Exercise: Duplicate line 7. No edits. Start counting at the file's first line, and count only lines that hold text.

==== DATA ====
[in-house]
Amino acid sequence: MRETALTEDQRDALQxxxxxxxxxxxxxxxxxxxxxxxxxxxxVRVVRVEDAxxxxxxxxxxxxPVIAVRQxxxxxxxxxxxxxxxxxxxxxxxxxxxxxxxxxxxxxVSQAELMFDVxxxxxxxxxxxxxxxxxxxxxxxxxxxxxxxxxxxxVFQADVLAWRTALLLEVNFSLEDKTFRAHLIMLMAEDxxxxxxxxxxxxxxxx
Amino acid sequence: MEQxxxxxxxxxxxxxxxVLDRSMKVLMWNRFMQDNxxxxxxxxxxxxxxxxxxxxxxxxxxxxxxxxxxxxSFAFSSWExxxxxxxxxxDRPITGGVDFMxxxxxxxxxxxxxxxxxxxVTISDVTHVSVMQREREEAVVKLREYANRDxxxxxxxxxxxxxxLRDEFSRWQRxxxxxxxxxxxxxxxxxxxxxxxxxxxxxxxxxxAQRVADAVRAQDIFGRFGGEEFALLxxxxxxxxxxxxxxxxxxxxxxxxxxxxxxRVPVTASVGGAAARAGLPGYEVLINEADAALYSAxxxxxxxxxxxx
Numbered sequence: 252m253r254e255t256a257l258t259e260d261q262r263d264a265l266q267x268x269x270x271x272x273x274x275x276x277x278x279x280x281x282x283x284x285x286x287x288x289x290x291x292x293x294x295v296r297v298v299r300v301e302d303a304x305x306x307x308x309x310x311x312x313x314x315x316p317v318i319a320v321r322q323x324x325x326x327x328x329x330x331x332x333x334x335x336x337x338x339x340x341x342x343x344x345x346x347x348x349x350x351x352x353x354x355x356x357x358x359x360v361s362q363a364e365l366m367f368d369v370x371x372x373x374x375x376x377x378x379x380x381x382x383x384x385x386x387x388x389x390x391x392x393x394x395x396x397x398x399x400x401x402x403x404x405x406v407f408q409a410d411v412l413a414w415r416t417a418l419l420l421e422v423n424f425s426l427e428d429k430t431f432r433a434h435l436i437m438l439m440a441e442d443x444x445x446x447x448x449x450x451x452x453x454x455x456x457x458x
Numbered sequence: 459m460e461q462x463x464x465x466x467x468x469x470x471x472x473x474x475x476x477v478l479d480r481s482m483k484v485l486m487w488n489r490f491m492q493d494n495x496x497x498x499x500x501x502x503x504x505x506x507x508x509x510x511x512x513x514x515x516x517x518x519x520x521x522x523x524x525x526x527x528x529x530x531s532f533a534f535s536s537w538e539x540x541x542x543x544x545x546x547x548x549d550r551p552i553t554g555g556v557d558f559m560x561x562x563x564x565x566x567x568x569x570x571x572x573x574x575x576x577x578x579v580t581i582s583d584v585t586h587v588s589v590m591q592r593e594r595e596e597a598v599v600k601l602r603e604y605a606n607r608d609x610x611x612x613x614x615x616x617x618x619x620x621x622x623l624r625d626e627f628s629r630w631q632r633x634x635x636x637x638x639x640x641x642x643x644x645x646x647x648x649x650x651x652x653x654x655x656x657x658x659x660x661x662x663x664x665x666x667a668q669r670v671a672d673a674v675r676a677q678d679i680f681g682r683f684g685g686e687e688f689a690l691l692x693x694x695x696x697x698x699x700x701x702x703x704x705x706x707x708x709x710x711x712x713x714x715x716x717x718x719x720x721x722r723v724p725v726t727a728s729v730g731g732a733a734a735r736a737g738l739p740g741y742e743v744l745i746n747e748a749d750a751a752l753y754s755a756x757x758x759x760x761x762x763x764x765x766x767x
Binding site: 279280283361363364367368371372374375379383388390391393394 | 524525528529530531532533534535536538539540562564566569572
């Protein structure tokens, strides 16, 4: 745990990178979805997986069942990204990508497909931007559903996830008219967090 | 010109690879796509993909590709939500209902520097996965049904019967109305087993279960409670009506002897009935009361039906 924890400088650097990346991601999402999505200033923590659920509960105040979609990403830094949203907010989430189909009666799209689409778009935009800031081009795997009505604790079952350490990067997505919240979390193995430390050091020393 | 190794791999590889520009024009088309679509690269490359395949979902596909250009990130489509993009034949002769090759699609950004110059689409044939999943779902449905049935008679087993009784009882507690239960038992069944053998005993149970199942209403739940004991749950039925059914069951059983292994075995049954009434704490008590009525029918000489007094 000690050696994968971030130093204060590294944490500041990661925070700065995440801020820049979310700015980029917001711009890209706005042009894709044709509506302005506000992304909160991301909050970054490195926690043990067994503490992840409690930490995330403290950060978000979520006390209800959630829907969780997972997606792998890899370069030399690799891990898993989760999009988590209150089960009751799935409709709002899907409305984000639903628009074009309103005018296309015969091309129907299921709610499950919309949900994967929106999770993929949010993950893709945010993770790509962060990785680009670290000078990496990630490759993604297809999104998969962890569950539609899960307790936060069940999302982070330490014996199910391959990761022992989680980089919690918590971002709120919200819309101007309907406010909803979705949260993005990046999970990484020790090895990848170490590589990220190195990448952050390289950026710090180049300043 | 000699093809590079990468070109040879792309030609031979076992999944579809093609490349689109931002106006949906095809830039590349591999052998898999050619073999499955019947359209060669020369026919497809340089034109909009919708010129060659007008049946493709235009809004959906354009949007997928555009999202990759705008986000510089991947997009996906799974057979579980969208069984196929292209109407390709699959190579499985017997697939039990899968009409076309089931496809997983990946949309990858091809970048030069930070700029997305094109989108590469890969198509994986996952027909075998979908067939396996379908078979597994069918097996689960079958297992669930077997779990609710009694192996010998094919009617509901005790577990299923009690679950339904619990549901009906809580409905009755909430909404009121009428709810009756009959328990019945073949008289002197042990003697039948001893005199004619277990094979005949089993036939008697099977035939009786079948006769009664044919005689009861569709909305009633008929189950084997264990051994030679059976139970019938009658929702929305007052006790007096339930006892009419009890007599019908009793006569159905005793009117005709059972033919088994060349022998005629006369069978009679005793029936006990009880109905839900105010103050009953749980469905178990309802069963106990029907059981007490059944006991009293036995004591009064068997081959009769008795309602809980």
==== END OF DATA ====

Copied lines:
């Protein structure tokens, strides 16, 4: 745990990178979805997986069942990204990508497909931007559903996830008219967090 | 010109690879796509993909590709939500209902520097996965049904019967109305087993279960409670009506002897009935009361039906 924890400088650097990346991601999402999505200033923590659920509960105040979609990403830094949203907010989430189909009666799209689409778009935009800031081009795997009505604790079952350490990067997505919240979390193995430390050091020393 | 190794791999590889520009024009088309679509690269490359395949979902596909250009990130489509993009034949002769090759699609950004110059689409044939999943779902449905049935008679087993009784009882507690239960038992069944053998005993149970199942209403739940004991749950039925059914069951059983292994075995049954009434704490008590009525029918000489007094 000690050696994968971030130093204060590294944490500041990661925070700065995440801020820049979310700015980029917001711009890209706005042009894709044709509506302005506000992304909160991301909050970054490195926690043990067994503490992840409690930490995330403290950060978000979520006390209800959630829907969780997972997606792998890899370069030399690799891990898993989760999009988590209150089960009751799935409709709002899907409305984000639903628009074009309103005018296309015969091309129907299921709610499950919309949900994967929106999770993929949010993950893709945010993770790509962060990785680009670290000078990496990630490759993604297809999104998969962890569950539609899960307790936060069940999302982070330490014996199910391959990761022992989680980089919690918590971002709120919200819309101007309907406010909803979705949260993005990046999970990484020790090895990848170490590589990220190195990448952050390289950026710090180049300043 | 000699093809590079990468070109040879792309030609031979076992999944579809093609490349689109931002106006949906095809830039590349591999052998898999050619073999499955019947359209060669020369026919497809340089034109909009919708010129060659007008049946493709235009809004959906354009949007997928555009999202990759705008986000510089991947997009996906799974057979579980969208069984196929292209109407390709699959190579499985017997697939039990899968009409076309089931496809997983990946949309990858091809970048030069930070700029997305094109989108590469890969198509994986996952027909075998979908067939396996379908078979597994069918097996689960079958297992669930077997779990609710009694192996010998094919009617509901005790577990299923009690679950339904619990549901009906809580409905009755909430909404009121009428709810009756009959328990019945073949008289002197042990003697039948001893005199004619277990094979005949089993036939008697099977035939009786079948006769009664044919005689009861569709909305009633008929189950084997264990051994030679059976139970019938009658929702929305007052006790007096339930006892009419009890007599019908009793006569159905005793009117005709059972033919088994060349022998005629006369069978009679005793029936006990009880109905839900105010103050009953749980469905178990309802069963106990029907059981007490059944006991009293036995004591009064068997081959009769008795309602809980």